To lessen the risk of unlawful payments, the Indonesian government has simplified business registration procedures and moved to online systems. Corruption is still a common occurrence in the business world.

2. Demonstrations

This happens virtually every day in Indonesia, generally on a small scale but occasionally on a large scale. Protests are held on a variety of topics, including political and economic challenges. As previously stated, poor salaries and poverty represent a significant threat to the local population.

These protests are aimed squarely at the government. However, any firm can be disrupted by these types of demonstrations.

3. Infrastructure

Inadequate infrastructure, both in terms of quality and quantity, has hampered economic and social progress from reaching its full potential. This has not gone unnoticed by the Indonesian government, which recognises the need for significant expenditures in the country’s infrastructure.  

4. Natural Disasters

Volcano eruptions, earthquakes, tsunamis, and floods are all phenomenon that occur frequently in Indonesia, which could disrupt company operations.

National Long Term Development Plan (RPJPN 2005 to 2025)

The long-term development plan of the government serves as reference point for the whole Indonesian society. In this plan everyone including the government, the people, and their businesses are included in order to achieve the national objectives as drafted and formulated by the democratic chosen government of Indonesia. This development plan, which runs until 2025, is divided in four medium-term plans and assisted by the MP3EI.

Masterplan for Acceleration and Expansion of Indonesia’s Economic Development (MP3EI)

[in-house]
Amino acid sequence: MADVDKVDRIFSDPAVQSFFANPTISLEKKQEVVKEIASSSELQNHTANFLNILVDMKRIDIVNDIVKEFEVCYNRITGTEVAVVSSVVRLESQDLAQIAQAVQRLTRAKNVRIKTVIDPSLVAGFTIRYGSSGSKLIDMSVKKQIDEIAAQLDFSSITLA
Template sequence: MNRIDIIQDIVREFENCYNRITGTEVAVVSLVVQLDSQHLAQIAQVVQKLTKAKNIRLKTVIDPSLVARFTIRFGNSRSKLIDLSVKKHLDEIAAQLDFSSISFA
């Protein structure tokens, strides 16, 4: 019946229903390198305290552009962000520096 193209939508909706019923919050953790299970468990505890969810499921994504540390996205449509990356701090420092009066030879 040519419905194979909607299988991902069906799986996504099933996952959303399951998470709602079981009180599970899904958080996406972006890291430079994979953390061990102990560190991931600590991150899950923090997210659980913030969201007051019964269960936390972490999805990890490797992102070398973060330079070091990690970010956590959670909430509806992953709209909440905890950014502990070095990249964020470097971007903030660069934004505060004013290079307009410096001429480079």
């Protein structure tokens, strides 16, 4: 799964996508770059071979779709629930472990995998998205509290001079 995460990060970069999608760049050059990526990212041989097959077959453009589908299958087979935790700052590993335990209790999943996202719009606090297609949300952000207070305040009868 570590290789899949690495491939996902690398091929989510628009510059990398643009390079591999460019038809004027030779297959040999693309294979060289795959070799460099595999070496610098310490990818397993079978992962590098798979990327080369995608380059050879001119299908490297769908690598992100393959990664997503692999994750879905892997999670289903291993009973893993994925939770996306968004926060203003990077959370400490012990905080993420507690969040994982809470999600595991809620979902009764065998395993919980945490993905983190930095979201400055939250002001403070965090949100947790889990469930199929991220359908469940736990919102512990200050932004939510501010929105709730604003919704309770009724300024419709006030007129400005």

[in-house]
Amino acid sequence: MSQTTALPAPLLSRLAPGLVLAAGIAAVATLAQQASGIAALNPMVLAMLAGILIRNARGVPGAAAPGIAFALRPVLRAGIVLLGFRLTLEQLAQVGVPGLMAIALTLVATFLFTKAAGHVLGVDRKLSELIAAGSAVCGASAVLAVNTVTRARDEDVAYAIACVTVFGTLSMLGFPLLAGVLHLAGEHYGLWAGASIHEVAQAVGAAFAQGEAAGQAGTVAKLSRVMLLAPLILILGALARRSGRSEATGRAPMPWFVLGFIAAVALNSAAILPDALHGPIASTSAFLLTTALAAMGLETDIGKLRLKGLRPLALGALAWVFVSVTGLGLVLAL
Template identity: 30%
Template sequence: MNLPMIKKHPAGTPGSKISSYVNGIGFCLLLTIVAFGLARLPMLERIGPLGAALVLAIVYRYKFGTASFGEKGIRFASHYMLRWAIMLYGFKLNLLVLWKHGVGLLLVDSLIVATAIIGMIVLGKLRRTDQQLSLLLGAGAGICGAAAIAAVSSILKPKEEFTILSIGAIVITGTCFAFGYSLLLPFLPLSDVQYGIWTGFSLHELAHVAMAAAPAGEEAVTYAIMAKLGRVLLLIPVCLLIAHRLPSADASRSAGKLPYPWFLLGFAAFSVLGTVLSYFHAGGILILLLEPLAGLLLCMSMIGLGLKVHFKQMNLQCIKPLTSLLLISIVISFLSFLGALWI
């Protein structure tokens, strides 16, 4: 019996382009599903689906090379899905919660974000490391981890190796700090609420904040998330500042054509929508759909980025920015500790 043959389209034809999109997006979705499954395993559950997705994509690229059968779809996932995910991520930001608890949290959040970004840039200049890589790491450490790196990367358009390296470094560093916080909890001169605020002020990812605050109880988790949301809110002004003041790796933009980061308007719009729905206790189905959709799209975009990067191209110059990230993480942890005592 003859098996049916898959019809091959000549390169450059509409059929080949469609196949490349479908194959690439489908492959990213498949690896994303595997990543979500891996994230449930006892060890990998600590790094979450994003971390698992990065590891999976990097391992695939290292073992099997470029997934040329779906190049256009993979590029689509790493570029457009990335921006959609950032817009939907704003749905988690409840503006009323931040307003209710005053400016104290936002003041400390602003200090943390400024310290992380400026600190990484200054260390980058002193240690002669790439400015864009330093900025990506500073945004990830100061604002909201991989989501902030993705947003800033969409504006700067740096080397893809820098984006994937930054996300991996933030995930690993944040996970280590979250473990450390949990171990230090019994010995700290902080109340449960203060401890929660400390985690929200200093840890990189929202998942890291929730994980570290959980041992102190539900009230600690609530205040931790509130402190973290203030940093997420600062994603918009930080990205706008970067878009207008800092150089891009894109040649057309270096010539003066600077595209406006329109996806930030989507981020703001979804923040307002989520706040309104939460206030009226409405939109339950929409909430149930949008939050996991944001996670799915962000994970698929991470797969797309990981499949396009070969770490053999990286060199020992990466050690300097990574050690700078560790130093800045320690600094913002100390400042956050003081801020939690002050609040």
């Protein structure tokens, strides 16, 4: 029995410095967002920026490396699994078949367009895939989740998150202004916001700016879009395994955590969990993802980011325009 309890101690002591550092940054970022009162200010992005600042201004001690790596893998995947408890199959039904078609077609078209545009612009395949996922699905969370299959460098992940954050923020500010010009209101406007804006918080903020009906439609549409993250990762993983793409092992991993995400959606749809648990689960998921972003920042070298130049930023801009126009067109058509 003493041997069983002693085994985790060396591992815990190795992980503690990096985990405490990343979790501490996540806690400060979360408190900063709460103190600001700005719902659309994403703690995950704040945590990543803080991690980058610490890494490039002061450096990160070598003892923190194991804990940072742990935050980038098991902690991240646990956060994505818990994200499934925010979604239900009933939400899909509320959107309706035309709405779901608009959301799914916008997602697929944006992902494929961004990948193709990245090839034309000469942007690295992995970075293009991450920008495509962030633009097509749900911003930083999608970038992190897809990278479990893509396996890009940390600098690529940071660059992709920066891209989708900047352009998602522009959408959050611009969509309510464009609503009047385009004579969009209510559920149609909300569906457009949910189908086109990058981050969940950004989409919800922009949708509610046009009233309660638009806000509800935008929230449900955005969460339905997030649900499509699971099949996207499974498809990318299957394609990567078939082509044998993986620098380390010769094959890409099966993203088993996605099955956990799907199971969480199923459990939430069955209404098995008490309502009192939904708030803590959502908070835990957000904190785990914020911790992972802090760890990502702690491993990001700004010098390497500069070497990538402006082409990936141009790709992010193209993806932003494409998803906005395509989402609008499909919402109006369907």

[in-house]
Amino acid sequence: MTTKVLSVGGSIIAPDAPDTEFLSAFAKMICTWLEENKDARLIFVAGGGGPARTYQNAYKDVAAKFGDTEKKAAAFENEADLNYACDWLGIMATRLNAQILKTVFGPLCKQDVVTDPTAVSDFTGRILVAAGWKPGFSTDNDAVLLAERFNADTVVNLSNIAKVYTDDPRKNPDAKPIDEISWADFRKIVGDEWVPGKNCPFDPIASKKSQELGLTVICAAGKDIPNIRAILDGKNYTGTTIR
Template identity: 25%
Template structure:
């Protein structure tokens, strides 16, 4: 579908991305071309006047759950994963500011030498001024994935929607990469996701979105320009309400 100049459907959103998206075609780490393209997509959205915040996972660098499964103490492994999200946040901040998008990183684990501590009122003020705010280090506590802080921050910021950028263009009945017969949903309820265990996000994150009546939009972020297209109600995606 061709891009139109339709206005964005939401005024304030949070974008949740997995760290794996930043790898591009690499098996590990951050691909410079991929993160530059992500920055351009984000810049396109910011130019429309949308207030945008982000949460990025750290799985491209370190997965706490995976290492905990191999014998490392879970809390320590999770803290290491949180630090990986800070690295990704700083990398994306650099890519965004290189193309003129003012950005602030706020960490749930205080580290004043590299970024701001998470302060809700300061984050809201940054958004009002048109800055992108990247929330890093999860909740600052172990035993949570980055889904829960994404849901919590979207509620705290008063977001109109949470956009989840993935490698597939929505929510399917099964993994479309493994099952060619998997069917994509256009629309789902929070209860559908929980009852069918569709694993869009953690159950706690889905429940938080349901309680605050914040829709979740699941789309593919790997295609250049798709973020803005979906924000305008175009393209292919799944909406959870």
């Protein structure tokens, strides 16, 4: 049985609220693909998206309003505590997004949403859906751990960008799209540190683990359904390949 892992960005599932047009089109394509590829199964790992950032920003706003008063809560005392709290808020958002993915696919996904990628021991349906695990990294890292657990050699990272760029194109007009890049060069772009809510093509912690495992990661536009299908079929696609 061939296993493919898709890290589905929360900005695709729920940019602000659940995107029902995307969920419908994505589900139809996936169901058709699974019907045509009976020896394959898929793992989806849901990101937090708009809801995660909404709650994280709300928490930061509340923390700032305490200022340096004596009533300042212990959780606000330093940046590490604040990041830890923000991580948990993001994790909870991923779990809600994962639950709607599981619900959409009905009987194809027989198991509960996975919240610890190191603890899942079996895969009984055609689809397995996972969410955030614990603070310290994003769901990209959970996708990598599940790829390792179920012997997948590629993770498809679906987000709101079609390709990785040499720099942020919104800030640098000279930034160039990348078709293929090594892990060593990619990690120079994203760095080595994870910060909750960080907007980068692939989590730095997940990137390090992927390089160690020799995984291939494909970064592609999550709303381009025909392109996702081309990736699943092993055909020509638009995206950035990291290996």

Unveiled in the year 2011, this master plan provided the government an estimated target for an economic growth rate of seven to eight percent per year after 2013, while aiming to turn Indonesia into one of the world’s largest economies by 2025.

The masterplan includes US$470 billion in investment that needs to be supplied by the private sector through public-private partnerships.

With all stated above, it is obvious that the Indonesian Government is trying all its best to make Indonesia and a major player in Asia. With the government backing and the increasing rates of potential employers, it is understood that in no time, this archipelago nation is going to make it big in no time!

Ready to incorporate a company in Indonesia or require a work visa? Reach out to us for a free consultation and see how we can be part of your business journey.

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FAQs

How corrupt is Indonesia?2021-12-23T11:54:46+08:00

Transparency International’s 2020 Corruption Perception Index ranks the country 102 place out of 180 countries, dropped from 96 the previous year. There are two key areas in the public sector in which corruption in Indonesia can be found. 

How does government stability affect business?2021-12-23T11:54:24+08:00

The stability of a political system can affect the appeal of a particular local market. Government’s view business organisations as a critical vehicle for social reform. Governments pass legislation, which impacts the relationship between the firm and its customers, suppliers, and other companies. 

Why is it difficult to do business in Indonesia?2021-12-23T11:54:04+08:00

What are the primary challenges for businesses in Indonesia? The primary challenges in doing business include a complex market, business culture, the persistence of corruption, bureaucratic inefficiency, elaborate tax system, and mobile-only population. 

How stable is the political environment in Indonesia?2021-12-23T11:53:18+08:00

The Indonesia Political Stability index is at -2.5 weak; 2.5 strong. 

2021-12-24T10:00:34+08:00April 10, 2019|